Blooming Where She's Planted

By Brad McEwen

For a great many residents of the Good Life City any mention of current Albany Area Chamber of Commerce CEO and University System of Georgia Regent, Barbara Rivera Holmes, likely brings to mind an image of the consummate professional—poised, polished, and in full command of any room where she happens to be going about the business of promoting the Albany community she loves and doing any and everything thing in her power to foster a healthy environment for business and industry.

In fact, as I consider a great many of our local leaders—those current movers and shakers and those whose past efforts helped guide us to present day—I struggle to find many who seem more at home taking center stage and sharing her thoughts and ideas than my friend Barbara. Whether it’s the calm confidence she exudes when addressing a crowd, or the intense spark that flashes in her eyes whenever conversation turns to the future fortunes of Southwest Georgia, it’s clear Barbara is sharp as a tack, a deep thinker and a master communicator.

Traits shared by many a great leader.

But for a select few who’ve had the honor of getting to know the sometimes guarded Chamber chief away from the confines of the public sphere, those mental pictures are only one aspect of the devoted wife, mother, sister and daughter who has spent the better part of the last 20 years laying down roots in Albany and staunchly defending what she considers to be a beautiful community with far more to offer than many (even natives) give it credit for.

When folks like me—who first came to know this kindred spirit over a decade ago during our time in the Leadership Albany Class of 2010—think about Barbara, we also see things like how she can’t hide her inner nerd when conversation turns to heady topics like the historic impact of Punic Wars, state of the art manufacturing processes, or the proper conjugation of certain Spanish phrases.

We think about things like “potion day,” her husband David’s playful description of those days at home when Barbara’s business suits and pencil skirts have been replaced by overalls and sandals and her focus is not on new initiatives to promote small business, but rather on blending the various essential oils and other ingredients she receives regularly from an online apothecary to make homemade hair and skin products and other assorted goodies.

Or we picture her crouched under the hot Georgia sun, tending to her backyard garden or cleaning the family chicken coop (both of which are maintained in a quiet and unassuming suburban neighborhood in central Albany).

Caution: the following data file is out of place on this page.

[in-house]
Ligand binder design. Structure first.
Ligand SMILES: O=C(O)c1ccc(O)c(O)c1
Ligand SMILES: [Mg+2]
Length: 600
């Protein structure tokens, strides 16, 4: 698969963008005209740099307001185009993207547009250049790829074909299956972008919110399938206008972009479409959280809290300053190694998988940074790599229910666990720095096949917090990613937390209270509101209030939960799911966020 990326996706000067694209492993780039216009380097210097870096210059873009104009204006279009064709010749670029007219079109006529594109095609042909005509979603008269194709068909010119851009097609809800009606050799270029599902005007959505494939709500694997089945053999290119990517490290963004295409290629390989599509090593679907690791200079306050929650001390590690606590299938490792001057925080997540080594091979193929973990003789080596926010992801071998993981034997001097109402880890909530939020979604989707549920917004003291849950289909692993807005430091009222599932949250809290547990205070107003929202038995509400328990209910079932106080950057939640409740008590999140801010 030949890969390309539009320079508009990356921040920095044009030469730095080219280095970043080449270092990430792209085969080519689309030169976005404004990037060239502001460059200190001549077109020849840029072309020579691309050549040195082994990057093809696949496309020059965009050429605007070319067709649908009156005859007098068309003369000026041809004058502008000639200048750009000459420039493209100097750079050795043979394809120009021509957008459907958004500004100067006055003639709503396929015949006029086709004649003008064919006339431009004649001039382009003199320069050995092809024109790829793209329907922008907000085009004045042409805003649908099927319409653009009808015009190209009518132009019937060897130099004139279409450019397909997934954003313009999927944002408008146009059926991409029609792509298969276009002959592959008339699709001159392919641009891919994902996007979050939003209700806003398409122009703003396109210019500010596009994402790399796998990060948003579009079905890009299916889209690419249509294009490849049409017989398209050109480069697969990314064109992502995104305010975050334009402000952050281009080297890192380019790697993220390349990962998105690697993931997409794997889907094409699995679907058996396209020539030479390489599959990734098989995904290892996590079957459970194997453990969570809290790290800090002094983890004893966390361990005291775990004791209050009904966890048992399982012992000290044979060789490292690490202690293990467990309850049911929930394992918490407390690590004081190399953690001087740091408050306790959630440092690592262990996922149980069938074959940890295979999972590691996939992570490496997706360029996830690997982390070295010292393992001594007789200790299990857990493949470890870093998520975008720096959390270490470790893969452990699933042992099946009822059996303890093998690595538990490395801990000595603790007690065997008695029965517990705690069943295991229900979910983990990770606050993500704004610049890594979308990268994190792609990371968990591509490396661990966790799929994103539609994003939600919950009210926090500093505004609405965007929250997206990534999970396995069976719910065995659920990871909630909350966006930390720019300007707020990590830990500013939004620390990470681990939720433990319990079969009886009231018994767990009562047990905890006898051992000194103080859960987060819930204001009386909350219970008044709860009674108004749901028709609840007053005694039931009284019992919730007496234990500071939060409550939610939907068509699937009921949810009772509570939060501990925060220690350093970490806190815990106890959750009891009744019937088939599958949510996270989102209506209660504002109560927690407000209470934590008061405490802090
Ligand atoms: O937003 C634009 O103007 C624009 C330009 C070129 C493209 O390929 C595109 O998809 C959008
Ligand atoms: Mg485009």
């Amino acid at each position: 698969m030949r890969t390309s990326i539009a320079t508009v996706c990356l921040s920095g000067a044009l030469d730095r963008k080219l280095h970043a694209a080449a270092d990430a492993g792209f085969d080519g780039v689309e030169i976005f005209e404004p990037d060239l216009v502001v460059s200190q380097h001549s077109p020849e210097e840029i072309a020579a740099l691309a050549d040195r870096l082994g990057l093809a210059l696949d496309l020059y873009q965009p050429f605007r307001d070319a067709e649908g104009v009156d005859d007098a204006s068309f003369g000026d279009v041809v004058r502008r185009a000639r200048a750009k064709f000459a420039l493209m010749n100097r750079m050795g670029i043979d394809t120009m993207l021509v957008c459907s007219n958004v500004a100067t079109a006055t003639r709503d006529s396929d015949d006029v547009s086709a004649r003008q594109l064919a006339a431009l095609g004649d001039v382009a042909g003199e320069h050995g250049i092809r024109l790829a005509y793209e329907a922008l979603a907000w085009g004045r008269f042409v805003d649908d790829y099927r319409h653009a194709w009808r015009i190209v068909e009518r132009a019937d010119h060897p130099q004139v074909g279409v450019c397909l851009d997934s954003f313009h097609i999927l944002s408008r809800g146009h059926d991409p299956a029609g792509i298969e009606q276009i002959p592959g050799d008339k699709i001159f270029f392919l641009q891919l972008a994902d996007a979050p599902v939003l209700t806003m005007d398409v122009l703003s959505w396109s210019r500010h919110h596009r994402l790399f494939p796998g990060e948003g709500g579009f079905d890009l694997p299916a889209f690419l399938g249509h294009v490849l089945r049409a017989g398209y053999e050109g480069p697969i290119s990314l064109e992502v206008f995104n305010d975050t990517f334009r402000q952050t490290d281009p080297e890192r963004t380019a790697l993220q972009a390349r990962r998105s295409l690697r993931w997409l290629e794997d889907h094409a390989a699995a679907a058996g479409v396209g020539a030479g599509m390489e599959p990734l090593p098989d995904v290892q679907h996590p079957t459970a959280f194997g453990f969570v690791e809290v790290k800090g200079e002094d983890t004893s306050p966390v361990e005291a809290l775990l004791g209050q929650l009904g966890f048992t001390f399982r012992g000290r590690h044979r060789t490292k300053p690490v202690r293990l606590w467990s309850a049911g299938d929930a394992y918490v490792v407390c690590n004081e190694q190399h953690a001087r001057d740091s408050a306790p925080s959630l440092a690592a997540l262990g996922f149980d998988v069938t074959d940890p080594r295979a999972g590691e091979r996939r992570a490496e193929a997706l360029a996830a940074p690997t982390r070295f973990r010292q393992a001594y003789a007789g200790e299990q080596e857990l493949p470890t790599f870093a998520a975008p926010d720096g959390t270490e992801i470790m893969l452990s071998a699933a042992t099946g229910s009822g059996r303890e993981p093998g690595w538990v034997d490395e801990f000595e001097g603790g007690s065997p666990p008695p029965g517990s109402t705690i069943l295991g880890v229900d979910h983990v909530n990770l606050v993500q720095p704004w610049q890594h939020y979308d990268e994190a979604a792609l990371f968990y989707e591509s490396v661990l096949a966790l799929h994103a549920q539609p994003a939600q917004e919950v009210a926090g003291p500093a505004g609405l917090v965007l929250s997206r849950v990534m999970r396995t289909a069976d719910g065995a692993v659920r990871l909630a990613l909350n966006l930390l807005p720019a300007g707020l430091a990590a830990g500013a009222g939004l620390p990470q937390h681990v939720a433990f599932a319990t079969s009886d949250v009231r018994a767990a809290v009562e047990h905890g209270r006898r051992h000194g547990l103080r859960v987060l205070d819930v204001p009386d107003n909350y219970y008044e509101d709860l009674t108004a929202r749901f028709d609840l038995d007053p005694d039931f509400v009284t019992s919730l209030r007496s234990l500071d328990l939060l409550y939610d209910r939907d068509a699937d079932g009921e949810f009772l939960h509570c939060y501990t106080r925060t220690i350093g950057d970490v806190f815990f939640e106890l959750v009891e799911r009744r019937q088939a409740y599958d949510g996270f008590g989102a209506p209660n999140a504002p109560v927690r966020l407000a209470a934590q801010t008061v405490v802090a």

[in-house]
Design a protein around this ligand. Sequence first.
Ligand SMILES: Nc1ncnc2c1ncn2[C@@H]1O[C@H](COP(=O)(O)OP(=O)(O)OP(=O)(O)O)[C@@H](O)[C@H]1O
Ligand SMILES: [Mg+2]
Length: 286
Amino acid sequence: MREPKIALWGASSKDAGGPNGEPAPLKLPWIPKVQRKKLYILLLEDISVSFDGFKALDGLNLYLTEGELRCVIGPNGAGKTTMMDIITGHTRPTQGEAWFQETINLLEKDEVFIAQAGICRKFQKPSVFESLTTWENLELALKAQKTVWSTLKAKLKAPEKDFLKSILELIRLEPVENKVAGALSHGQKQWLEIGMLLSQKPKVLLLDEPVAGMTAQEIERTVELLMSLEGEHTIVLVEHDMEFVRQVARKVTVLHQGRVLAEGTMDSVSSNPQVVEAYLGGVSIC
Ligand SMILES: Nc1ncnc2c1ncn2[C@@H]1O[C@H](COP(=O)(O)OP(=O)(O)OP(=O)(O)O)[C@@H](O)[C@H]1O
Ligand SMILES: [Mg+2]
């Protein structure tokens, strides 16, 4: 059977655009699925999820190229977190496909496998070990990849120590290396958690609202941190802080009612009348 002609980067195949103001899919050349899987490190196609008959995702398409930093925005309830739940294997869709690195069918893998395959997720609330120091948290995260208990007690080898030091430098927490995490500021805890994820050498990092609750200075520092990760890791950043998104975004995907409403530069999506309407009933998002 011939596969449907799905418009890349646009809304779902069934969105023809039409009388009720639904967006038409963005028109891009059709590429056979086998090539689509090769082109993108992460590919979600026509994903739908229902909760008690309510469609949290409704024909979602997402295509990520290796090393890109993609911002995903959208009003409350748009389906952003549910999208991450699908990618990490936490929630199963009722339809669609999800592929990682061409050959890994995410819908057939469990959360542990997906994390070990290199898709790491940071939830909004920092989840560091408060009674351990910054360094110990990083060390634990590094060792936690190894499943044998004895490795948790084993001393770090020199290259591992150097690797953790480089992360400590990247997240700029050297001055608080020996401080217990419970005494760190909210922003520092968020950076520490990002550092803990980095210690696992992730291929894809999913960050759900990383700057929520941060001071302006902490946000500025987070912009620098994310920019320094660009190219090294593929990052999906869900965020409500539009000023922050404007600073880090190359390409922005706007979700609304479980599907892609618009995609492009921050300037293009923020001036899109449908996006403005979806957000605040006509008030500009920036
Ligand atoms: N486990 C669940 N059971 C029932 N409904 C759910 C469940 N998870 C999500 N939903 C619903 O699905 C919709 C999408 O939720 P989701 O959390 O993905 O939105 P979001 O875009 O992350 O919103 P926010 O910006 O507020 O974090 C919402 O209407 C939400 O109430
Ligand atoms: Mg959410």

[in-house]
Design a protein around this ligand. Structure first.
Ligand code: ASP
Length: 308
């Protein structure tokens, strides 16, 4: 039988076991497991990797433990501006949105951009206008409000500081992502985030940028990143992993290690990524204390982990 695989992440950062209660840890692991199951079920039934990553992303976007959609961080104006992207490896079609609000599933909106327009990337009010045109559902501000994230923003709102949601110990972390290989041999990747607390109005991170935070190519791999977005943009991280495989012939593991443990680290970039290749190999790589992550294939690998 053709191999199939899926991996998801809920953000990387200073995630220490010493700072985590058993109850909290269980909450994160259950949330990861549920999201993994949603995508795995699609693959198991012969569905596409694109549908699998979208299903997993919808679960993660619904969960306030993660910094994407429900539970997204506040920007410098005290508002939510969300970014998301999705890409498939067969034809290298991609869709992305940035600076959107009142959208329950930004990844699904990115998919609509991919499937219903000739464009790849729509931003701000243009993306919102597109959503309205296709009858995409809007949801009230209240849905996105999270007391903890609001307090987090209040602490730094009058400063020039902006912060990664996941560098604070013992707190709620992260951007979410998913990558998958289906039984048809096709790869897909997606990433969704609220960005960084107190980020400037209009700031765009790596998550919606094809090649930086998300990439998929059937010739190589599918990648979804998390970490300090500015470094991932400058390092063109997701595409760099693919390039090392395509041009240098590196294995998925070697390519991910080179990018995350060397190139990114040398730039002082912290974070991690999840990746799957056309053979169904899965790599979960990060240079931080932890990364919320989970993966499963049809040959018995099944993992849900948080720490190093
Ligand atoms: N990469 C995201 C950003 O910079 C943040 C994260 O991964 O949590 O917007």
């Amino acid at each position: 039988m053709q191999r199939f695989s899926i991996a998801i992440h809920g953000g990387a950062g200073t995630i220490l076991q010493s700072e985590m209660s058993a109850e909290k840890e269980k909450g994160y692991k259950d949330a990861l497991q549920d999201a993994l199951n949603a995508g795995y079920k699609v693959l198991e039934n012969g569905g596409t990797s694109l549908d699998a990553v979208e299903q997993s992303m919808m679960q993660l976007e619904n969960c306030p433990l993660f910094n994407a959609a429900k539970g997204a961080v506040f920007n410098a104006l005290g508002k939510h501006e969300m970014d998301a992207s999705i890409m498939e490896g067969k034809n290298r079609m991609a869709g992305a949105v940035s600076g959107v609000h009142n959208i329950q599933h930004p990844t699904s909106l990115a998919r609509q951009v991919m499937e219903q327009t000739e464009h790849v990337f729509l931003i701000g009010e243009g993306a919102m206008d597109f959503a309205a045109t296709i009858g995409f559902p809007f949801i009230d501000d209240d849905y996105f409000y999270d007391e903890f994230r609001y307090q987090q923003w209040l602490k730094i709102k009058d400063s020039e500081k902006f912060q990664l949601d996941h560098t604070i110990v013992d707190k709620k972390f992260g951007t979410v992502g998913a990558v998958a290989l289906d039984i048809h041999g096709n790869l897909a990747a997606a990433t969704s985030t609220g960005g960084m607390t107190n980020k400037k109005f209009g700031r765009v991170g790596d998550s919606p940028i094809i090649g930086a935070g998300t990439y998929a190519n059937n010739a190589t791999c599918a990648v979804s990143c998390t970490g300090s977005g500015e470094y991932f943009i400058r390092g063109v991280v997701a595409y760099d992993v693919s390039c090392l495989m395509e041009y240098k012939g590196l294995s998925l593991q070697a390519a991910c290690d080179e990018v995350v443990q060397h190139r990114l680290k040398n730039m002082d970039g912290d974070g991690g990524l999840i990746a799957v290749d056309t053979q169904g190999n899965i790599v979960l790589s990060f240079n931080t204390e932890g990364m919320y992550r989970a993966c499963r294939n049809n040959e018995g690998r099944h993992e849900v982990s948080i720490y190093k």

Or we simply imagine her kicked back in a comfy chair, glass of wine in hand, and a broad smile on her lips—content to simply be living another day of the adventure that is a life well-lived.

“I love life,” Barbara told me during a recent interview for a long overdue Beyond the Bank on one of the community’s greatest champions. “I love learning. I love trying new things and meeting new people and discovering. I love discovering. I just love life.”

It might be a touch difficult for some in the community, only know the public Barbara that they see at Chamber events or read about in the Albany Herald, to imagine her creating her own special hair de-tangler, pulling weeds or dropping Alex off at school like countless other young mothers. But the truth of the matter is, there really is only one Barbara and it’s that total package who’s responsible for working tirelessly, no matter the setting, for the betterment of Albany and its citizens.

“Overall, I think I’m not a different person in my private life,” Barbara said. “I’ve got pretty clear boundaries overall as a person. I’m a private person, but I’m very much a transparent person. I’m not a different person professionally than in my personal life. Except I don’t wear Birkenstocks to work and in my personal life I do.

“I’m not an over-sharer, period. I mean, when I was growing up, I remember calling my mom after school and she’d say, ‘well, how was your day?’ I would say, ‘it was fine.’ And she’d be like, ‘you’ve got to give me more than it was fine.’ So, for being a communications professional, I’ve always been a little bit more succinct in my personal descriptions.

“But I don't think it's been a challenge for me, simply because I know who I am,” she continued. “I know where I come from. I know who my family is. I know what we believe and what we stand for. I know what my support system is. And, I'm pretty self-aware. I know what my strengths are. I know the areas that I need to continue to work on. And so, I'm not trying to hide anything, or I'm not trying to hide who I am, or be different than either of those things. So, there isn't conflict between who I am in my personal life, and who I am in my professional life.

“I mean I'm still the same person; I feel like the same person on the inside.”

In fact, Barbara firmly believes that the varying aspects of her personality, and by extension how she navigates her home and work environments, help to balance her out and make her a stronger person in all areas of life.